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New plant technology to remove and recover nutrients from wastewater

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New plant technology will be officially unveiled at Cranfield University today that will enable researchers to remove and recover nitrogen and phosphorus from wastewater for use by the fertilizer and chemical industries. The technology, based on the use of ion exchange and selective media (SMARTech3), is being unveiled as part of the European Union’s Horizon 2020 SMART-Plant project.

SMARTech3 is a 10m3 demonstration scale plant that is installed at the University’s on-site sewage works, with its own dedicated pilot-plant hall.

The SMART-Plant project aims to scale-up innovative and energy-efficient solutions that will renovate existing wastewater treatment plants and enable low-carbon capture of materials that would otherwise be lost.

SMART-Plant, funded by the European Union’s Horizon 2020 programme, is a project with 25 partners that aims to move forward the scale-up of low-carbon footprint material recovery techniques in wastewater treatment plants. The project demonstrates technologies that result in the production of energy, chemicals and other materials such as cellulose, bioplastics, ammonium sulphate, struvite, calcium phosphate from wastewater.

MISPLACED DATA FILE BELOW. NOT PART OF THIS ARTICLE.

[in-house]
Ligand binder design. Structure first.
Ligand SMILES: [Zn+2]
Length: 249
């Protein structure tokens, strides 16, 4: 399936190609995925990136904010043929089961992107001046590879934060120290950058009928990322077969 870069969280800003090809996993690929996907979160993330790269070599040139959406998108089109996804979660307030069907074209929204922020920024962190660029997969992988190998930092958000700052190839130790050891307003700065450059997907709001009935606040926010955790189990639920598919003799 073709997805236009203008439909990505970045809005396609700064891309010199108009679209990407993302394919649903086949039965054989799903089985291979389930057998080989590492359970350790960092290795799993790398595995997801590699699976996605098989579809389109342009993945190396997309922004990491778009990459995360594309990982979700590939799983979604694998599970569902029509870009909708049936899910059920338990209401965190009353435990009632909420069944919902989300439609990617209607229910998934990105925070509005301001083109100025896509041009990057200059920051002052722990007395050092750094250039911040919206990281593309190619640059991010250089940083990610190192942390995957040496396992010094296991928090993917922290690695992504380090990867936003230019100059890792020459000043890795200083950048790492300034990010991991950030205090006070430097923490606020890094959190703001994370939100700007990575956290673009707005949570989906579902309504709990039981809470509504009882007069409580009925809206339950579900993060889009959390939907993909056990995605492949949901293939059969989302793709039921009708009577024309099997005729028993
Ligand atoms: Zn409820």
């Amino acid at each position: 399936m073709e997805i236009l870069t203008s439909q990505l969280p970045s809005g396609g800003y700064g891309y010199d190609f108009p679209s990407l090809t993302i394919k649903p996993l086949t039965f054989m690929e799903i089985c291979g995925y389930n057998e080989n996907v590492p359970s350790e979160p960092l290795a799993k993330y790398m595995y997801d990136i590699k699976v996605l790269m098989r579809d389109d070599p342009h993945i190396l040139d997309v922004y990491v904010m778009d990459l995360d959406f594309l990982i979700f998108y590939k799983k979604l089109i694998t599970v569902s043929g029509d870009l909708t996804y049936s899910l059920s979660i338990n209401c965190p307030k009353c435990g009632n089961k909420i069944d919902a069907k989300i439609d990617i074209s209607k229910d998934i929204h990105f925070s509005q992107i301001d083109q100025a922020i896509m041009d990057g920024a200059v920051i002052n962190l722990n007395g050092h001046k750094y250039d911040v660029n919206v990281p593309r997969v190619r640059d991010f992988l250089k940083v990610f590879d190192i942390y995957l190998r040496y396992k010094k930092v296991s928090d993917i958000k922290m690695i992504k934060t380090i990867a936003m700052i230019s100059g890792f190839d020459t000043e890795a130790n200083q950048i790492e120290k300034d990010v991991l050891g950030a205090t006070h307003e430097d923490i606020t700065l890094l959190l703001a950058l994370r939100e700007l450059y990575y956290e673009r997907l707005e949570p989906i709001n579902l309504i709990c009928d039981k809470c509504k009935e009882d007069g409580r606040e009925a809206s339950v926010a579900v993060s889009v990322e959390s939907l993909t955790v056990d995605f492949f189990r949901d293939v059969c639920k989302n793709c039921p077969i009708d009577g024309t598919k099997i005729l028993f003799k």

Commenting on the opening of SMARTech3, Dr Ana Soares, Senior Lecturer in Biological Engineering said: “This new plant technology, at Cranfield, will enable us to demonstrate how existing wastewater treatment plants can be renovated in order to capture nitrogen and phosphorus that can then be used by other industries.”


For further information please contact: 

Media Relations, Cranfield University. T: +44 (0) 1234 75 4999

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